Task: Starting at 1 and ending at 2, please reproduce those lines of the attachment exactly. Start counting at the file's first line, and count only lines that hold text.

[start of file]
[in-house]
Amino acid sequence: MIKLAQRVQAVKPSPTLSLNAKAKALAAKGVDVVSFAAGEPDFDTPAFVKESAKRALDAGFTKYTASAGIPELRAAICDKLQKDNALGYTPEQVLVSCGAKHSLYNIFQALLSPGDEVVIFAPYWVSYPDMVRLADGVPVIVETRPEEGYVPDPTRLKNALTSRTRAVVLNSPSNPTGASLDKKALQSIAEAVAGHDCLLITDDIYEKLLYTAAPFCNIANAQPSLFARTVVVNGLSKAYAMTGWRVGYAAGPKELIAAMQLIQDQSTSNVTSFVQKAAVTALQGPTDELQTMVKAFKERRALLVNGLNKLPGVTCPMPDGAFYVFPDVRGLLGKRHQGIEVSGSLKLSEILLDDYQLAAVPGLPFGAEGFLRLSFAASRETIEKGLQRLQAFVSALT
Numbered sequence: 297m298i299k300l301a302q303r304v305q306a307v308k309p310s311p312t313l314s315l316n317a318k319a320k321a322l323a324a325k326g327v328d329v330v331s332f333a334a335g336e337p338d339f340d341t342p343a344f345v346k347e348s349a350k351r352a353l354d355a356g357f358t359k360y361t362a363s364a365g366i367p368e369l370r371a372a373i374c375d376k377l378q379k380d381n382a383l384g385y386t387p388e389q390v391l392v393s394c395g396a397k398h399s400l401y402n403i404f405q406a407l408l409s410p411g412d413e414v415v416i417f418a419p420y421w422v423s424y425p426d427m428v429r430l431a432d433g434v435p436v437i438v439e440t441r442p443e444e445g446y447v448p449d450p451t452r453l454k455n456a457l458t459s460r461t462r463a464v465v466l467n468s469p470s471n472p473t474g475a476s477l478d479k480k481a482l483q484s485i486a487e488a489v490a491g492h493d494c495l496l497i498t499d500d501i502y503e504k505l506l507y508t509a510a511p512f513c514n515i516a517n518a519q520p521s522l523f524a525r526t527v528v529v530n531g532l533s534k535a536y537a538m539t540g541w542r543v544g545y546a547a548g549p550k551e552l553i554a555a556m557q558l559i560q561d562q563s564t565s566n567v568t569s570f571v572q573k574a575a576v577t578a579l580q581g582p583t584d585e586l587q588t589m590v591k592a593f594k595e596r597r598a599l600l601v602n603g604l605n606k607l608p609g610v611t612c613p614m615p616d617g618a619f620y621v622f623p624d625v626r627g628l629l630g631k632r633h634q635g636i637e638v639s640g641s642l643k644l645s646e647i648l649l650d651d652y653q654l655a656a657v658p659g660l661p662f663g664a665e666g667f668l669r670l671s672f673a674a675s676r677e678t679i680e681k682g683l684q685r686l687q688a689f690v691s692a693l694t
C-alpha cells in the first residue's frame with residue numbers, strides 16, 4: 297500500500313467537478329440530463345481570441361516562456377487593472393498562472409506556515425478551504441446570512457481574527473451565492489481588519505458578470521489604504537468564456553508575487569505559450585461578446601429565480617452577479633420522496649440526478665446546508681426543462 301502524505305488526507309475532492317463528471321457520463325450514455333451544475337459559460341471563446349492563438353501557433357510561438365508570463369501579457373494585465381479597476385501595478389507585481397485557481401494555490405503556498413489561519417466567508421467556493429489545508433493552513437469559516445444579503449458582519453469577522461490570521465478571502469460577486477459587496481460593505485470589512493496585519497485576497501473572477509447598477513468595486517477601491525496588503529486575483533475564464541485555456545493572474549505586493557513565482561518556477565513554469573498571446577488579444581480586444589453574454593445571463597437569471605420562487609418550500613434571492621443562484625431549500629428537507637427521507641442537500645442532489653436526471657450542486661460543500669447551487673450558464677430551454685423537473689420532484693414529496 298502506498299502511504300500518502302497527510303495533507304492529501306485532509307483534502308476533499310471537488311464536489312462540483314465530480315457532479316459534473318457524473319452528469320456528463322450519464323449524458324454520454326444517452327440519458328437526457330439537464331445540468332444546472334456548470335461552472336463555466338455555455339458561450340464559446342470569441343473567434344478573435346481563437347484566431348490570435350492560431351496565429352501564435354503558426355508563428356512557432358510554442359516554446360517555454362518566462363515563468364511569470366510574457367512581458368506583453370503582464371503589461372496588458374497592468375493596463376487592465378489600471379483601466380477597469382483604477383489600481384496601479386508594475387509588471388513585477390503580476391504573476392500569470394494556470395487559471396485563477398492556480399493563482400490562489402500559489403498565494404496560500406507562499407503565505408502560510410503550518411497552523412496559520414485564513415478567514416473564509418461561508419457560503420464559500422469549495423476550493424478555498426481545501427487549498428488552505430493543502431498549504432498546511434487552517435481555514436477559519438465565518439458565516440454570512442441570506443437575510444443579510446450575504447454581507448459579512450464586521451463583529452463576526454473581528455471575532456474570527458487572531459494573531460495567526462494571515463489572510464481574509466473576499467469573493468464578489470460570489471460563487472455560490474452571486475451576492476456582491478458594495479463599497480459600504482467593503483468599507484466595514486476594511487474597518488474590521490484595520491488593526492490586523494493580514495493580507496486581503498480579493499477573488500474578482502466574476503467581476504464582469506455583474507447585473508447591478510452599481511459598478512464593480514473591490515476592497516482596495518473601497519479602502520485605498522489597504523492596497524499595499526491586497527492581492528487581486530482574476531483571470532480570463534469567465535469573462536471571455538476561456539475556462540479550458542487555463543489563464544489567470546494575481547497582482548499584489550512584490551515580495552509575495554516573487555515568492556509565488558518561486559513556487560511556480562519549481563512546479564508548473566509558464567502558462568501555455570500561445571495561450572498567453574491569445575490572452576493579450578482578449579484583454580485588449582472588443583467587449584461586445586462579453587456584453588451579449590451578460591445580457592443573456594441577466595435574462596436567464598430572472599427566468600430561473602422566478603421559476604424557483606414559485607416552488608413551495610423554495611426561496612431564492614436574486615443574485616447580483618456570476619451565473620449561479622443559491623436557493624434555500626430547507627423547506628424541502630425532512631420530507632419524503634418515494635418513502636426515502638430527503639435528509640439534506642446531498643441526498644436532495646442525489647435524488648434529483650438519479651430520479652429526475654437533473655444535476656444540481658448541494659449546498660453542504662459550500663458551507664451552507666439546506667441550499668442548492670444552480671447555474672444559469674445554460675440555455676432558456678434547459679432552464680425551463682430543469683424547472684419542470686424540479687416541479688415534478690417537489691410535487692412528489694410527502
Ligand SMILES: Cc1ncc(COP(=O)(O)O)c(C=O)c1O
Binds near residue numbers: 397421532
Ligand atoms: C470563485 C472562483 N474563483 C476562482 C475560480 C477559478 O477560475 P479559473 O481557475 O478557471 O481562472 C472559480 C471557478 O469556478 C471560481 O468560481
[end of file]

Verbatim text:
[in-house]
Amino acid sequence: MIKLAQRVQAVKPSPTLSLNAKAKALAAKGVDVVSFAAGEPDFDTPAFVKESAKRALDAGFTKYTASAGIPELRAAICDKLQKDNALGYTPEQVLVSCGAKHSLYNIFQALLSPGDEVVIFAPYWVSYPDMVRLADGVPVIVETRPEEGYVPDPTRLKNALTSRTRAVVLNSPSNPTGASLDKKALQSIAEAVAGHDCLLITDDIYEKLLYTAAPFCNIANAQPSLFARTVVVNGLSKAYAMTGWRVGYAAGPKELIAAMQLIQDQSTSNVTSFVQKAAVTALQGPTDELQTMVKAFKERRALLVNGLNKLPGVTCPMPDGAFYVFPDVRGLLGKRHQGIEVSGSLKLSEILLDDYQLAAVPGLPFGAEGFLRLSFAASRETIEKGLQRLQAFVSALT